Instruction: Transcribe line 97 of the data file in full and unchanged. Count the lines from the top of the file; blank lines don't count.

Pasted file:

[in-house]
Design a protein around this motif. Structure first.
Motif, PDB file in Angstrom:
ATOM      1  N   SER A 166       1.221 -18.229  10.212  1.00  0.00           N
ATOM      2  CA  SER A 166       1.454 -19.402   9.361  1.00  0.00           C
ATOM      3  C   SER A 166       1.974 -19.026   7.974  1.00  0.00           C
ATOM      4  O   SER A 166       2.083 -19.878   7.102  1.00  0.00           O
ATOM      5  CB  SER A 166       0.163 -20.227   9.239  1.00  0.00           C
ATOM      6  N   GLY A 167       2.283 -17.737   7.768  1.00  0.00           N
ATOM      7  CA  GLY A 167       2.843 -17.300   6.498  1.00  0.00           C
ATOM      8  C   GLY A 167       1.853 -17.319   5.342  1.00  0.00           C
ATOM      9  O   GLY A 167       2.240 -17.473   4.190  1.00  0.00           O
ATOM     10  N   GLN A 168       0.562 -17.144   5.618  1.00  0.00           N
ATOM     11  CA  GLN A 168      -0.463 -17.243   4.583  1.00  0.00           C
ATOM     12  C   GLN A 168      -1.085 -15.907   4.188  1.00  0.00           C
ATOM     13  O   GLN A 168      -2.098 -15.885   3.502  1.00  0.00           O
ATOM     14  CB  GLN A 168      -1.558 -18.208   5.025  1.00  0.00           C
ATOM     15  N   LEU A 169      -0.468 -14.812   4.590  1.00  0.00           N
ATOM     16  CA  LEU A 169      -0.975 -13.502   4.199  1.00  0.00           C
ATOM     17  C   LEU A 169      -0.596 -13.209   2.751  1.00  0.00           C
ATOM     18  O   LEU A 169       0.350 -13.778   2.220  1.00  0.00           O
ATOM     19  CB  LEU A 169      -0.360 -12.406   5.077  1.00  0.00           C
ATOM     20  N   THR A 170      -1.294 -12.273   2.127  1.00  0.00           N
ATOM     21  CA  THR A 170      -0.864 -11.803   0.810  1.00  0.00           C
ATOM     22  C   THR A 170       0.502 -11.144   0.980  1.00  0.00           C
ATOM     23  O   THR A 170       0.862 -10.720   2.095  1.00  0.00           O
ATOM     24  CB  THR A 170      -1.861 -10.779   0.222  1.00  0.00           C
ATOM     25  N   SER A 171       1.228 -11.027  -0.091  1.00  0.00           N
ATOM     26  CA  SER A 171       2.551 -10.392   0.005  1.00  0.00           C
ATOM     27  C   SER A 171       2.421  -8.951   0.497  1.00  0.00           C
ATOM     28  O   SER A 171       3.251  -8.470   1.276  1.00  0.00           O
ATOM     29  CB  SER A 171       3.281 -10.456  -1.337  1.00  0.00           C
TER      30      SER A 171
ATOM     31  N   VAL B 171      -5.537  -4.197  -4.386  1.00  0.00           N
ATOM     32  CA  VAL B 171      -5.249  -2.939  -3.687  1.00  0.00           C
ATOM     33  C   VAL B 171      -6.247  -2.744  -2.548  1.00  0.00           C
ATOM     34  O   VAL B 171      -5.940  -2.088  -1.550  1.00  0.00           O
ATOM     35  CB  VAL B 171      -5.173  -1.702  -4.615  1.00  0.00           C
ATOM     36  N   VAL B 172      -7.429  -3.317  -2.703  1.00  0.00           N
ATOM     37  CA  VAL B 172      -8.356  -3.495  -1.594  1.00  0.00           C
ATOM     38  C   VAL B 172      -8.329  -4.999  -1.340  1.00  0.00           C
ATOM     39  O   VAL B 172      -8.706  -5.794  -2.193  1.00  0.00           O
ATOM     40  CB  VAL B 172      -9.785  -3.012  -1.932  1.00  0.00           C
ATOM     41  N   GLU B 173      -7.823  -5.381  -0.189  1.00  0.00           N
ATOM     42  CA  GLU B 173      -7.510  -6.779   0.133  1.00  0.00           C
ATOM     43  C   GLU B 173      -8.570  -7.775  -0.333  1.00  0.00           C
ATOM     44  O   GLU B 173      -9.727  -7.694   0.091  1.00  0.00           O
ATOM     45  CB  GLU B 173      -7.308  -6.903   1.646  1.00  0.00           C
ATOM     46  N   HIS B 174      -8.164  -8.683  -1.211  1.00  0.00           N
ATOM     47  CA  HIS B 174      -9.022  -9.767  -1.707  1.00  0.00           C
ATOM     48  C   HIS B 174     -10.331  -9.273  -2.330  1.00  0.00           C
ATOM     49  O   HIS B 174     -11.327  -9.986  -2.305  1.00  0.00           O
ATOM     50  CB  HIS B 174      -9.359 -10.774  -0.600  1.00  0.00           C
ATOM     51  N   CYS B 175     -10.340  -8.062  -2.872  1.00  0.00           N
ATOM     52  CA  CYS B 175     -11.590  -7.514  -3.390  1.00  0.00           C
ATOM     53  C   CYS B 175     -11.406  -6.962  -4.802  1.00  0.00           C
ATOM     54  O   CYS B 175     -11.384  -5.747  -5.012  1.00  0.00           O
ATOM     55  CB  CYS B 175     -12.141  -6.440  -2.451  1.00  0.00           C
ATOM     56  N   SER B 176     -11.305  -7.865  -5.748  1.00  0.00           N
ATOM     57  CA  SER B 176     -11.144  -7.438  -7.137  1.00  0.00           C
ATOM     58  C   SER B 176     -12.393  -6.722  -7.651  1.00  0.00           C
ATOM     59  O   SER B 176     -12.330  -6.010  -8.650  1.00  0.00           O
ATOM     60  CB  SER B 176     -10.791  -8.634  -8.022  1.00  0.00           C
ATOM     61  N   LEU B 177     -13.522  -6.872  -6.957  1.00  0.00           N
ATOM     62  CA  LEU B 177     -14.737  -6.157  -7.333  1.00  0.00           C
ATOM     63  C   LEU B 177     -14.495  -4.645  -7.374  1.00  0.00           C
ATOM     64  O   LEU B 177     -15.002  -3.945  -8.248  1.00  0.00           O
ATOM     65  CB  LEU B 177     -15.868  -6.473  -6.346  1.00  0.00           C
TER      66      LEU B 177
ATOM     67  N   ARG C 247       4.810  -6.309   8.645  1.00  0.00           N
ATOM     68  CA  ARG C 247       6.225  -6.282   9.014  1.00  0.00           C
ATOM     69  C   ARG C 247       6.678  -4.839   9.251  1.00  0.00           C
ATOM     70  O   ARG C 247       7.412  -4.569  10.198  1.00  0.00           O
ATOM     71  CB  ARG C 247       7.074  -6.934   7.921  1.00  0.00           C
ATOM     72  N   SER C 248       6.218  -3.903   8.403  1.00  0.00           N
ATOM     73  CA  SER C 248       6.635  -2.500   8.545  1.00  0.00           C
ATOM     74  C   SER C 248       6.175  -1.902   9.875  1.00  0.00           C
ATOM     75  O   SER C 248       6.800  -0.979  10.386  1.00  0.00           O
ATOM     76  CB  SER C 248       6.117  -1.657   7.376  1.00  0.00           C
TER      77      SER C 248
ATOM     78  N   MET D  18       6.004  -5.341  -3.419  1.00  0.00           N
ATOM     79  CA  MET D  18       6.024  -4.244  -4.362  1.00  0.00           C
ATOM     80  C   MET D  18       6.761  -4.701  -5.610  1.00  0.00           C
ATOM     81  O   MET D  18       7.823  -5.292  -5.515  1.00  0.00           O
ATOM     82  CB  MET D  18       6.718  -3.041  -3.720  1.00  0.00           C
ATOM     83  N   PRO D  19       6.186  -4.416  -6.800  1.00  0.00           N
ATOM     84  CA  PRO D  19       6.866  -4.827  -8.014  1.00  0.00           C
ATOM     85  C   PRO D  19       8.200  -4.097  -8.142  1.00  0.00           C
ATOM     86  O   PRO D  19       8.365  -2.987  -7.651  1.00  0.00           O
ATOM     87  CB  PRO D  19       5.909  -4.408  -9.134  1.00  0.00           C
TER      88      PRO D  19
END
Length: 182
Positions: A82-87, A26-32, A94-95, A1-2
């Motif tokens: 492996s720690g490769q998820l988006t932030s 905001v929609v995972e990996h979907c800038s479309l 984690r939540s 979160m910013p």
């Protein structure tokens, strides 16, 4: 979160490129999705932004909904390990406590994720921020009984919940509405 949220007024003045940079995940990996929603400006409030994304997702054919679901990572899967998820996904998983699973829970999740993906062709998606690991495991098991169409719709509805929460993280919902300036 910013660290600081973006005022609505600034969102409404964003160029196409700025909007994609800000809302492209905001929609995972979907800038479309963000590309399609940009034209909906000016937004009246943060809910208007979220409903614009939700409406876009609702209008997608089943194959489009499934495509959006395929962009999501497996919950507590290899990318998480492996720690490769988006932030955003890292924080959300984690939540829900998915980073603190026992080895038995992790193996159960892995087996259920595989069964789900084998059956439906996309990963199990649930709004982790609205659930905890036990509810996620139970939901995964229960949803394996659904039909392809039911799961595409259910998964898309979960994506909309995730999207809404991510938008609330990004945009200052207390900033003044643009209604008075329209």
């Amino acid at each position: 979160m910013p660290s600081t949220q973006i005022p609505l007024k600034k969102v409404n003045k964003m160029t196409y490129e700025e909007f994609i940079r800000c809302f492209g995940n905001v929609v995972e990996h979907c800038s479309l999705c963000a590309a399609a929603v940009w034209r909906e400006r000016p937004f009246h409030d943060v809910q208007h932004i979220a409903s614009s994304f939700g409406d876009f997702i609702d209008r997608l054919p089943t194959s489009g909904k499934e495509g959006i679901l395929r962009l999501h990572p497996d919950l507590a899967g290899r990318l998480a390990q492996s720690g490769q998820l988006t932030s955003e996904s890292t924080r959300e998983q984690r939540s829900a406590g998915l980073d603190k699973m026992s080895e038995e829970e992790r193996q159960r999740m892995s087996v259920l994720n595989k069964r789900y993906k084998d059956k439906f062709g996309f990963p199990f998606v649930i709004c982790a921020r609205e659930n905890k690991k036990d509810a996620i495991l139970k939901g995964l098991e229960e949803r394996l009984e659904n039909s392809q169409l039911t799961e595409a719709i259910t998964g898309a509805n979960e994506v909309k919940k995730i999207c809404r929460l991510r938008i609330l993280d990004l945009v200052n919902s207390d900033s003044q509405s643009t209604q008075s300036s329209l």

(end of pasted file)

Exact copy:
């Amino acid at each position: 979160m910013p660290s600081t949220q973006i005022p609505l007024k600034k969102v409404n003045k964003m160029t196409y490129e700025e909007f994609i940079r800000c809302f492209g995940n905001v929609v995972e990996h979907c800038s479309l999705c963000a590309a399609a929603v940009w034209r909906e400006r000016p937004f009246h409030d943060v809910q208007h932004i979220a409903s614009s994304f939700g409406d876009f997702i609702d209008r997608l054919p089943t194959s489009g909904k499934e495509g959006i679901l395929r962009l999501h990572p497996d919950l507590a899967g290899r990318l998480a390990q492996s720690g490769q998820l988006t932030s955003e996904s890292t924080r959300e998983q984690r939540s829900a406590g998915l980073d603190k699973m026992s080895e038995e829970e992790r193996q159960r999740m892995s087996v259920l994720n595989k069964r789900y993906k084998d059956k439906f062709g996309f990963p199990f998606v649930i709004c982790a921020r609205e659930n905890k690991k036990d509810a996620i495991l139970k939901g995964l098991e229960e949803r394996l009984e659904n039909s392809q169409l039911t799961e595409a719709i259910t998964g898309a509805n979960e994506v909309k919940k995730i999207c809404r929460l991510r938008i609330l993280d990004l945009v200052n919902s207390d900033s003044q509405s643009t209604q008075s300036s329209l």